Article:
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Fantasy football strategies: Be flexible in your draft

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So what's your fantasy draft strategy? Play it by ear? Yea, me too.

Okay, but there are some not-so-hard-and-fast rules that I play loose with ... hey, call them a cheatsheet for drafting success. Here's a few:

Get rare first. What's the hardest thing to get in fantasy? A lead running back? A fantasy monster at tight end a la Jimmy Graham? Be willing to draft these players earlier than normal if there's not much depth behind them. Just as an example, if you think Graham is a mid- to late-second round pick in a 12-team league, take him early in the second if that's where your slot is. After all, many people feel it's Rob Gronkowski and Graham with everybody else a distant third at tight end.

Never draft a Lions running back ... or a Seahawks receiver.

If no "rarities" are available, go off the "big board" in your head. Just like a scouting department, know your top 50 and pick them off one by one. If that means you have to draft three wide receivers before your get to quarterback or running back, so be it. Remember, every draft is different. People could hit the RB and QB well so often that you can get a ridiculously productive wideout far later than normal.

Let's say you're going to wait on a position. Quarterback is a logical choice. There are many quarterbacks putting up big numbers. You can wait past the first couple of rounds. I skipped QB early last year, and still picked up Tony Romo (who finished seventh in fantasy points at his position.) So, you can still get value later. How about those fantasy owners who waited and took Eli Manning in the middle rounds?

Yes, you can pick a defense in Round 14 while relying on the waiver wire to fill gaps in the schedule. Especially when the one you drafted has a ridiculously tough matchup. But, if there's a unit you really believe in, grab it in the middle to late rounds. Defense is the most underrated aspect of fantasy football. It's far more important that you get a great defense than a fourth running back.

Speaking of defense ... if you can't decide between the two, always look at their schedule from Week 14 through 16. Because that's such a finite period of time, it will be easy for you to appraise the opposing offenses and which of your prospective defensive options has the easier road. Ditto this rule when debating heavily on early draft picks, irrespective of position. If you can manage it while on the clock during your league's draft, broaden the schedule glance to Weeks 12 through 16, i.e. the stretch run. Then choose.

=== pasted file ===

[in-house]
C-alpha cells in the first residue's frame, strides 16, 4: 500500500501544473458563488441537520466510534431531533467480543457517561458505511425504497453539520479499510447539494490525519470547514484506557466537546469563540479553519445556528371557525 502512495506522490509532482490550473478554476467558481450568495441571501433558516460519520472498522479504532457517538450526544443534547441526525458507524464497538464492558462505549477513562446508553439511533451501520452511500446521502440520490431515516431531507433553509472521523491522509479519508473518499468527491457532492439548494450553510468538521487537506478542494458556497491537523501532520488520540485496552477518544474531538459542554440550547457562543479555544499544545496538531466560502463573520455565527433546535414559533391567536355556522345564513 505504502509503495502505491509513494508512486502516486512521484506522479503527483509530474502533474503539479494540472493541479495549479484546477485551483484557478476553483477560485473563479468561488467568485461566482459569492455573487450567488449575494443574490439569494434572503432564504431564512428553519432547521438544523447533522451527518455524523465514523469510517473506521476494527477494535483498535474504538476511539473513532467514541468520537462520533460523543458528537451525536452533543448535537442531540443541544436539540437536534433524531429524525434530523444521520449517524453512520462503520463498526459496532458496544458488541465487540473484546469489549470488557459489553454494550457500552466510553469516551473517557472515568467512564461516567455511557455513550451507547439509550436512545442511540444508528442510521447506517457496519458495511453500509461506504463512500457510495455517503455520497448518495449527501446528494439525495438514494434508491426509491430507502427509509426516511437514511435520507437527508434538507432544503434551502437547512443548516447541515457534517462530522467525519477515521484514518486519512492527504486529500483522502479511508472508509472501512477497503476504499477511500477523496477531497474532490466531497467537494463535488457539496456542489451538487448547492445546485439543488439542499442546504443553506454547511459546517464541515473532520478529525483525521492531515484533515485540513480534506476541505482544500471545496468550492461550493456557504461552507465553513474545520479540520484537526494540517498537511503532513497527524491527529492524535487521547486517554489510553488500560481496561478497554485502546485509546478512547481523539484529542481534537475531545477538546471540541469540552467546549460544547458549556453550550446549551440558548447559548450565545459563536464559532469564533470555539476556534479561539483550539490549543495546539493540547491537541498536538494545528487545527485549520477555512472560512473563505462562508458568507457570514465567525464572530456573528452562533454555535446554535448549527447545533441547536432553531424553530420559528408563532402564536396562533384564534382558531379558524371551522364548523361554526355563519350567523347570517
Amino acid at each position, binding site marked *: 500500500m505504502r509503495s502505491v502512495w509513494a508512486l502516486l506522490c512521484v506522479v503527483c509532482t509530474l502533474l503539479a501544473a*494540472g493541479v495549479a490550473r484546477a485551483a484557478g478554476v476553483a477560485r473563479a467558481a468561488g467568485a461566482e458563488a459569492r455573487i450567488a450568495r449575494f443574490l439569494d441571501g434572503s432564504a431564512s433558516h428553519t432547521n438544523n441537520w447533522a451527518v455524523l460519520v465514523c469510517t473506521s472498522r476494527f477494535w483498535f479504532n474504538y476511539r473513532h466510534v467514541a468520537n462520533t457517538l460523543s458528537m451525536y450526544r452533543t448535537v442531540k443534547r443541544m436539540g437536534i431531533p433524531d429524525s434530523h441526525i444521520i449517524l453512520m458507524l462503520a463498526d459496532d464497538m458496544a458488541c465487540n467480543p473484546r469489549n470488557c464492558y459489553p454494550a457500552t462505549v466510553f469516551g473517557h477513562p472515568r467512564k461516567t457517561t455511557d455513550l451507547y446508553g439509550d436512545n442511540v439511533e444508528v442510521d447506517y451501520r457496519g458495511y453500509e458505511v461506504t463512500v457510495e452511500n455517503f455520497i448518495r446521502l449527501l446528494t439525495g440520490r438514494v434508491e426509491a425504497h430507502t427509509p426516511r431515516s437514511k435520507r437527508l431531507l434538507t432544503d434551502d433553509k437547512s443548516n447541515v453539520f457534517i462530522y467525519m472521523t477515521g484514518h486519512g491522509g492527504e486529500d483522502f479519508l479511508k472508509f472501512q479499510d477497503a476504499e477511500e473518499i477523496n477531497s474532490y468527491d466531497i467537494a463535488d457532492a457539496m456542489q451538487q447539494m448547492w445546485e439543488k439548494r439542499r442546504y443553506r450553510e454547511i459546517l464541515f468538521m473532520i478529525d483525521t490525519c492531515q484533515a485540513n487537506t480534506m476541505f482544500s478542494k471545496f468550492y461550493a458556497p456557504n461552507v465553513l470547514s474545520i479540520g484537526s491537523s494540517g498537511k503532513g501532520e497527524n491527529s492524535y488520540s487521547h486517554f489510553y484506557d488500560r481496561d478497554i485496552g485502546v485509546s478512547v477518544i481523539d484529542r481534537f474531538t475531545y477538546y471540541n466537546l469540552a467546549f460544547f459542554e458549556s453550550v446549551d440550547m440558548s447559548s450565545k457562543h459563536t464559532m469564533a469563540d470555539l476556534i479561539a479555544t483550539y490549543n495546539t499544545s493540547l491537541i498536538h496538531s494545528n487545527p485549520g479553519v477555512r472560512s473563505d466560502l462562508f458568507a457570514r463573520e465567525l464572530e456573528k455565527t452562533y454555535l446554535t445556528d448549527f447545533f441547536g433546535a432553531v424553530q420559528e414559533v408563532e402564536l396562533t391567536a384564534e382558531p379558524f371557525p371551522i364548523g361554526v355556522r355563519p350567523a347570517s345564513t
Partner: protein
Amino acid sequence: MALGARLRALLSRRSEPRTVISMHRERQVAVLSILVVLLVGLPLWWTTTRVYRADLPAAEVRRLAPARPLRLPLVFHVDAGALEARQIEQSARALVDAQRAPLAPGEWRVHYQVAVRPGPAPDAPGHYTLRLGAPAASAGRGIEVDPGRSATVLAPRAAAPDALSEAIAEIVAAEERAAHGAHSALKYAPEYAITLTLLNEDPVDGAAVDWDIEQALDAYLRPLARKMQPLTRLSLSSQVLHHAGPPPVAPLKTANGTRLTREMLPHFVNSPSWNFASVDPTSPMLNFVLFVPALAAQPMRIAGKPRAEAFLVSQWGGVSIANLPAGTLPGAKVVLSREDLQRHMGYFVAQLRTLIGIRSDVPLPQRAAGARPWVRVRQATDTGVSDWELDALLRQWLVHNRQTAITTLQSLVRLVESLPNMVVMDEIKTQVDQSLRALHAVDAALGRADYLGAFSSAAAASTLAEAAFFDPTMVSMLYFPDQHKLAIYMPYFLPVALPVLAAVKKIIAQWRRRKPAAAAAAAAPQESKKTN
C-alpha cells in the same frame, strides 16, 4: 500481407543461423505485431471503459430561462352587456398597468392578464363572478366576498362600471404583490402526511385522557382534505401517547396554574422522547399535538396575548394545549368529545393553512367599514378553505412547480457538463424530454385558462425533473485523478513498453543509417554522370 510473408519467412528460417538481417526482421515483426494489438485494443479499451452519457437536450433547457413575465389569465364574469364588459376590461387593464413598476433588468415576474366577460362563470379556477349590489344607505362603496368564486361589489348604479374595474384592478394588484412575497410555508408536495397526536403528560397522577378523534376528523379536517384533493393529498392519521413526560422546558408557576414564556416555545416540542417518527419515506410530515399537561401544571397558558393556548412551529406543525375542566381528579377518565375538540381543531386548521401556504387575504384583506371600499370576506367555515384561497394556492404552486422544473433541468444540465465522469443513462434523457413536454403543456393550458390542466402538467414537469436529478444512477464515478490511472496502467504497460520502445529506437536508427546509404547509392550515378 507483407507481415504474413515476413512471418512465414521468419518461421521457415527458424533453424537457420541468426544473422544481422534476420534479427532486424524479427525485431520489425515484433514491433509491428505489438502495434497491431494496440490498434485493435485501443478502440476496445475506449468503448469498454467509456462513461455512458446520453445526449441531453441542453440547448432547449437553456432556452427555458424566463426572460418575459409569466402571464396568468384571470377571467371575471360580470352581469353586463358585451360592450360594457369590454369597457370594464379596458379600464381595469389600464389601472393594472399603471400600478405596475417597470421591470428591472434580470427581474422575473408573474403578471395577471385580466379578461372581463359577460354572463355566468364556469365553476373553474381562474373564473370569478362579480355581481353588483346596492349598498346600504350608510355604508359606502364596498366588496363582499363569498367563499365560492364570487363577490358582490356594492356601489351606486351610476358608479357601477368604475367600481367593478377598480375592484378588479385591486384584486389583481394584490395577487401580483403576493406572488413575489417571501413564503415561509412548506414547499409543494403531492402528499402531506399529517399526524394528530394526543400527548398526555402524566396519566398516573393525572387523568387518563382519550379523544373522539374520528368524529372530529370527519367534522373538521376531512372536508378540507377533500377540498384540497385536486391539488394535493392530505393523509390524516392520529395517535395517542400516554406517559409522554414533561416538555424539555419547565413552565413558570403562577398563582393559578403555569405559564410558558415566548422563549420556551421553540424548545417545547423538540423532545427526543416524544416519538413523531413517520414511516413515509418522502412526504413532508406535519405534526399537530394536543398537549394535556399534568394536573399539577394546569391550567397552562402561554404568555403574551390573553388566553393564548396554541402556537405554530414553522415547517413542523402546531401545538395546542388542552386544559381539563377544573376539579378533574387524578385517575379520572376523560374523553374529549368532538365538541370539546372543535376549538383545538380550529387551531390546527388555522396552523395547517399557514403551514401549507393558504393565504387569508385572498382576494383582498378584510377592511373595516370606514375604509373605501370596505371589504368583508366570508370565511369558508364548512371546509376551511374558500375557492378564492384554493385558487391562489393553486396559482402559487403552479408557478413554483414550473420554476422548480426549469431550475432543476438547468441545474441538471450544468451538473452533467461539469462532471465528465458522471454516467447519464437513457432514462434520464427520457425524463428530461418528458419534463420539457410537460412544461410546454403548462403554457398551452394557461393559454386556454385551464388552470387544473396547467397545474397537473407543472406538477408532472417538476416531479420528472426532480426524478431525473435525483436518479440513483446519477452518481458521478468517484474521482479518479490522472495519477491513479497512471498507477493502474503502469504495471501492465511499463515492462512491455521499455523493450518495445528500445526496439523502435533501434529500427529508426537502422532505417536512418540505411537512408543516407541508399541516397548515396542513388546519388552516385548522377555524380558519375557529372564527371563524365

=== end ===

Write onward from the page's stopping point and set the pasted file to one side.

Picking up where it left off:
Good kickers are reliable, but they are not worth diddly-poo in fantasy if the team they play on can't get into the red zone. Josh Scobee is one of the best kickers in the game -- hands down -- but the Jaguars offense made up for his greatness by sucking often, ultimately causing Scobee to place 25th in fantasy points. Twenty-fifth! Bottom line: Just because other fantasy owners and fantasy experts make fun of drafting kickers doesn't mean they aren't very relevant to your success. A bad decision here can easily cost you more than 40 points over the course of the season.

I'm a fantasy dinosaur in that I still have a Tony Dorsett-Herschel Walker double-trouble poster in my room and I still like getting the featured back early. Those guys don't grow on trees, and getting Darren McFadden and Matt Forte had me out in front last year, until Run DMC got hurt ...

... but I still almost won it all because of another drafting axiom: Value the contract-year player. Thank you, Marshawn "Beast Mode" Lynch.

I hope these help. Remember, no strategy should be etched in stone. What if you always win at chess by using the bishops to take out the other guy's pieces ... but your opponent is intent on capturing your bishops come hell or high water? You adjust.

Always be flexible. Don't stick to the same approach irrespective of what the other guys in your league do. Be ready to junk your way, reassess, and kick their tail in a different manner.

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